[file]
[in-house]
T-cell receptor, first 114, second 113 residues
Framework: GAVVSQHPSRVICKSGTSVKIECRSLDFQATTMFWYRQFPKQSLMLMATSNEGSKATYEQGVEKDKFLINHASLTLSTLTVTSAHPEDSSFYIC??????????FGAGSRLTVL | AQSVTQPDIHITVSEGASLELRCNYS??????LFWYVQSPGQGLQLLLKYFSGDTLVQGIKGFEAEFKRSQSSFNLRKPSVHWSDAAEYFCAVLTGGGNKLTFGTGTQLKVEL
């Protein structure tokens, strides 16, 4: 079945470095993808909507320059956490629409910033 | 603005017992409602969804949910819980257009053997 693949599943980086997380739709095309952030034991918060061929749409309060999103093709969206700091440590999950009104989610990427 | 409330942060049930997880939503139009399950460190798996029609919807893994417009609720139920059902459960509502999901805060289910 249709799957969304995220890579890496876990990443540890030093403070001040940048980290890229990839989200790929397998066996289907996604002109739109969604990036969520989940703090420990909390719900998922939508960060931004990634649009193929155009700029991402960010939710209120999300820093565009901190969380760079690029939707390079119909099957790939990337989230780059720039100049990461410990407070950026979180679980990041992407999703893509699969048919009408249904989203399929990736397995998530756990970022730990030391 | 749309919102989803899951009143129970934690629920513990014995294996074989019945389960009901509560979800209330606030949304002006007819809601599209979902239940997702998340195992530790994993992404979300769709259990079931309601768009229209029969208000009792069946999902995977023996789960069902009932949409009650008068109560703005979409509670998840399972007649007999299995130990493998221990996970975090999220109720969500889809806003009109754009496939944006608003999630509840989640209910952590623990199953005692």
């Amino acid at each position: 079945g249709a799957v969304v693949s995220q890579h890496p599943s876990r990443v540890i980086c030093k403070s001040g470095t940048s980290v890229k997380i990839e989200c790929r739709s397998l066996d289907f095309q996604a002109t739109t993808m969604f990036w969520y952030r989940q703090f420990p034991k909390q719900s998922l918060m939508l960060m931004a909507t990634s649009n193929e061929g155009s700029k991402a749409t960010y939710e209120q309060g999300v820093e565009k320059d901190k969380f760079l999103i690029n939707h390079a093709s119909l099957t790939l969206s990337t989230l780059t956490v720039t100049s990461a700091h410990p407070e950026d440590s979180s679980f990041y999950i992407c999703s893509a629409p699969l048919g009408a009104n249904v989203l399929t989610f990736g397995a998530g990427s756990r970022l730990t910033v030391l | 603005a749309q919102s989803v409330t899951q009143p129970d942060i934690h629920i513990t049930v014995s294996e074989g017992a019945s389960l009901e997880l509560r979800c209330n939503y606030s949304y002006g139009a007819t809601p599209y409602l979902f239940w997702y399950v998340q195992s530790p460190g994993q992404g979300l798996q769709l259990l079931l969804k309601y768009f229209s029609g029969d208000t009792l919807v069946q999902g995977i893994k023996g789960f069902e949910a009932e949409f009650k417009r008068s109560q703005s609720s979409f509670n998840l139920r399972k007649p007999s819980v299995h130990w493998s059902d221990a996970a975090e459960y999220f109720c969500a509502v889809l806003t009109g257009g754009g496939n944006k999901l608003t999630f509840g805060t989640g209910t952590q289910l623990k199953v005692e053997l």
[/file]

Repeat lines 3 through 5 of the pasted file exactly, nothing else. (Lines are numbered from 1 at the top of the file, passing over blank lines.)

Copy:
Framework: GAVVSQHPSRVICKSGTSVKIECRSLDFQATTMFWYRQFPKQSLMLMATSNEGSKATYEQGVEKDKFLINHASLTLSTLTVTSAHPEDSSFYIC??????????FGAGSRLTVL | AQSVTQPDIHITVSEGASLELRCNYS??????LFWYVQSPGQGLQLLLKYFSGDTLVQGIKGFEAEFKRSQSSFNLRKPSVHWSDAAEYFCAVLTGGGNKLTFGTGTQLKVEL
């Protein structure tokens, strides 16, 4: 079945470095993808909507320059956490629409910033 | 603005017992409602969804949910819980257009053997 693949599943980086997380739709095309952030034991918060061929749409309060999103093709969206700091440590999950009104989610990427 | 409330942060049930997880939503139009399950460190798996029609919807893994417009609720139920059902459960509502999901805060289910 249709799957969304995220890579890496876990990443540890030093403070001040940048980290890229990839989200790929397998066996289907996604002109739109969604990036969520989940703090420990909390719900998922939508960060931004990634649009193929155009700029991402960010939710209120999300820093565009901190969380760079690029939707390079119909099957790939990337989230780059720039100049990461410990407070950026979180679980990041992407999703893509699969048919009408249904989203399929990736397995998530756990970022730990030391 | 749309919102989803899951009143129970934690629920513990014995294996074989019945389960009901509560979800209330606030949304002006007819809601599209979902239940997702998340195992530790994993992404979300769709259990079931309601768009229209029969208000009792069946999902995977023996789960069902009932949409009650008068109560703005979409509670998840399972007649007999299995130990493998221990996970975090999220109720969500889809806003009109754009496939944006608003999630509840989640209910952590623990199953005692």
């Amino acid at each position: 079945g249709a799957v969304v693949s995220q890579h890496p599943s876990r990443v540890i980086c030093k403070s001040g470095t940048s980290v890229k997380i990839e989200c790929r739709s397998l066996d289907f095309q996604a002109t739109t993808m969604f990036w969520y952030r989940q703090f420990p034991k909390q719900s998922l918060m939508l960060m931004a909507t990634s649009n193929e061929g155009s700029k991402a749409t960010y939710e209120q309060g999300v820093e565009k320059d901190k969380f760079l999103i690029n939707h390079a093709s119909l099957t790939l969206s990337t989230l780059t956490v720039t100049s990461a700091h410990p407070e950026d440590s979180s679980f990041y999950i992407c999703s893509a629409p699969l048919g009408a009104n249904v989203l399929t989610f990736g397995a998530g990427s756990r970022l730990t910033v030391l | 603005a749309q919102s989803v409330t899951q009143p129970d942060i934690h629920i513990t049930v014995s294996e074989g017992a019945s389960l009901e997880l509560r979800c209330n939503y606030s949304y002006g139009a007819t809601p599209y409602l979902f239940w997702y399950v998340q195992s530790p460190g994993q992404g979300l798996q769709l259990l079931l969804k309601y768009f229209s029609g029969d208000t009792l919807v069946q999902g995977i893994k023996g789960f069902e949910a009932e949409f009650k417009r008068s109560q703005s609720s979409f509670n998840l139920r399972k007649p007999s819980v299995h130990w493998s059902d221990a996970a975090e459960y999220f109720c969500a509502v889809l806003t009109g257009g754009g496939n944006k999901l608003t999630f509840g805060t989640g209910t952590q289910l623990k199953v005692e053997l």